A project of the proprietary Virginia Company of London, Jamestown had been established by an initial group of settlers on 14 May 1607. This colony proved as troubled as earlier English settlements, and after two return trips with supplies by Christopher Newport arrived in 1608, another larger than ever relief fleet was dispatched in 1609, carrying hundreds of new settlers and supplies across the Atlantic. Heading the Third Supply fleet was the new flagship of the Virginia Company, the Sea Venture, carrying Rolfe and his wife, Sarah Hacker.
The Third Supply fleet left England in May 1609 destined for Jamestown with seven large ships, towing two smaller pinnaces. In the southern region of the North Atlantic, they encountered a three-day-long storm, thought to have been a severe hurricane. The ships of the fleet became separated. The new Sea Venture, whose caulking had not cured, was taking on water faster than it could be bailed. The Admiral of the Company, Sir George Somers, took the helm and the ship was deliberately driven onto the reefs of Bermuda to prevent its foundering. All aboard, 150 passengers and crew, and 1 dog, survived. Most remained for ten months in Bermuda, subsequently also known as The Somers Isles, while they built two small ships to continue the voyage to Jamestown. A number of passengers and crew, however, did not complete this journey. Some had died or been killed, lost at sea (the Sea Venture's long boat had been fitted with a sail, and several men sent to take word to Jamestown, and they were never heard from again), or left behind to maintain England's claim to Bermuda. Because of this, although the Virginia Company's charter was not extended to Bermuda until 1612, the Colony at Bermuda dates its settlement from 1609. Among those left buried in Bermuda were Rolfe's wife and his infant daughter, Bermuda Rolfe.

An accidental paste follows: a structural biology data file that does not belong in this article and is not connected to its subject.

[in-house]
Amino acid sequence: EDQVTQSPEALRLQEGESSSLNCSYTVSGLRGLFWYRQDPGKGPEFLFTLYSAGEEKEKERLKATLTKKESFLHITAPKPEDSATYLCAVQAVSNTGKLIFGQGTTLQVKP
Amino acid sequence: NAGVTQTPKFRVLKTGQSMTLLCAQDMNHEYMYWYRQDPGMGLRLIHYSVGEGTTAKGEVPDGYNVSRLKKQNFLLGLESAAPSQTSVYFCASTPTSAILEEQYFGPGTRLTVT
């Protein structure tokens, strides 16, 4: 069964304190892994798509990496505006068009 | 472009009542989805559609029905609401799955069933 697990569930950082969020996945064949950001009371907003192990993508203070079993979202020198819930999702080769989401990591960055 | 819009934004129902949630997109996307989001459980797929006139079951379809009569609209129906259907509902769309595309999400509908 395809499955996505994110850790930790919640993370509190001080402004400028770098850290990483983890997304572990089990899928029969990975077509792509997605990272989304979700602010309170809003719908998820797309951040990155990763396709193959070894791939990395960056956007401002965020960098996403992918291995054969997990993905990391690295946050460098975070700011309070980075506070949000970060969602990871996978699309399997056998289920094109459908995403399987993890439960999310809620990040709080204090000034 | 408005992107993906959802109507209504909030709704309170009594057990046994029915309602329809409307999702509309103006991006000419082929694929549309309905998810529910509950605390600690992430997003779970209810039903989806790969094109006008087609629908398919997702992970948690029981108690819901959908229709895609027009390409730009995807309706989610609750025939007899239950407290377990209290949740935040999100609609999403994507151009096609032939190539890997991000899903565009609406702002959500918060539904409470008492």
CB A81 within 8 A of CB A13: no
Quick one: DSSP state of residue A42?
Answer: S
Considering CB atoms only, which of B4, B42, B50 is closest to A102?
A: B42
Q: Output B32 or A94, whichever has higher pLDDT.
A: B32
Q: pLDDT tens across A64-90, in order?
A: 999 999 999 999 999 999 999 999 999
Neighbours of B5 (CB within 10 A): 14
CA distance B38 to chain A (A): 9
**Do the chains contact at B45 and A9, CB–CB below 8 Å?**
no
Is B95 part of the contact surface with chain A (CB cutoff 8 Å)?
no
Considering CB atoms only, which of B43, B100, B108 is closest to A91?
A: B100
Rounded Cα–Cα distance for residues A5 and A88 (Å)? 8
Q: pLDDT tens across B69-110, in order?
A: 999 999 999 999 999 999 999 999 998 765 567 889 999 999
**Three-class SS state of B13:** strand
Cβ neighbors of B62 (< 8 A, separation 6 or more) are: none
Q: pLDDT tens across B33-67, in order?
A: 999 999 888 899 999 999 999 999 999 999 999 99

In May 1610, the two newly constructed ships set sail from Bermuda, with 142 castaways on board, including Rolfe, Admiral Somers, Stephen Hopkins, and Sir Thomas Gates. On arrival at Jamestown, they found the Virginia Colony almost destroyed by famine and disease during what has become known as the Starving Time. Very few supplies from the Third Supply had arrived because the same hurricane that caught the Sea Venture badly affected the rest of the fleet. Only 60 settlers remained alive. It was only through the arrival of the two small ships from Bermuda, and the arrival of another relief fleet commanded by Lord De La Warr on 10 June 1610 that the abandonment of Jamestown was avoided and the colony survived. After finally settling in—although his first wife, the English-born Sarah Hacker and their child had died prior to his journey to Virginia—Rolfe began his long-delayed work with tobacco.
In competing with Spain for European markets, there was another problem beside the warmer climates the Spanish settlements enjoyed. The native tobacco from Virginia was not liked by the English settlers, nor did it appeal to the market in England. However, Rolfe wanted to introduce sweeter strains from Trinidad, using the hard-to-obtain Spanish seeds he brought with him. In 1611, Rolfe was the first to commercially cultivate Nicotiana tabacum tobacco plants in North America; export of this sweeter tobacco beginning in 1612 helped turn the Virginia Colony into a profitable venture. Rolfe named his Virginia-grown strain of the tobacco "Orinoco", possibly in honour of tobacco popularizer Sir Walter Raleigh's expeditions in the 1580s up the Orinoco River in Guiana in search of the legendary City of Gold, El Dorado. The appeal of Orinoco tobacco was in its nicotine, and the conviviality of its use in social situations.
In 1612, Rolfe established Varina Farms, a plantation along the James River about 30 miles (50 km) upstream from Jamestown, and across the river from Sir Thomas Dale's progressive development at Henricus. The first harvest of four barrels of tobacco leaf was exported from Virginia to England in March 1614, and soon, Rolfe and others were exporting vast quantities of the new cash crop. New plantations began growing along the James River, where export shipments could use wharfs along the river.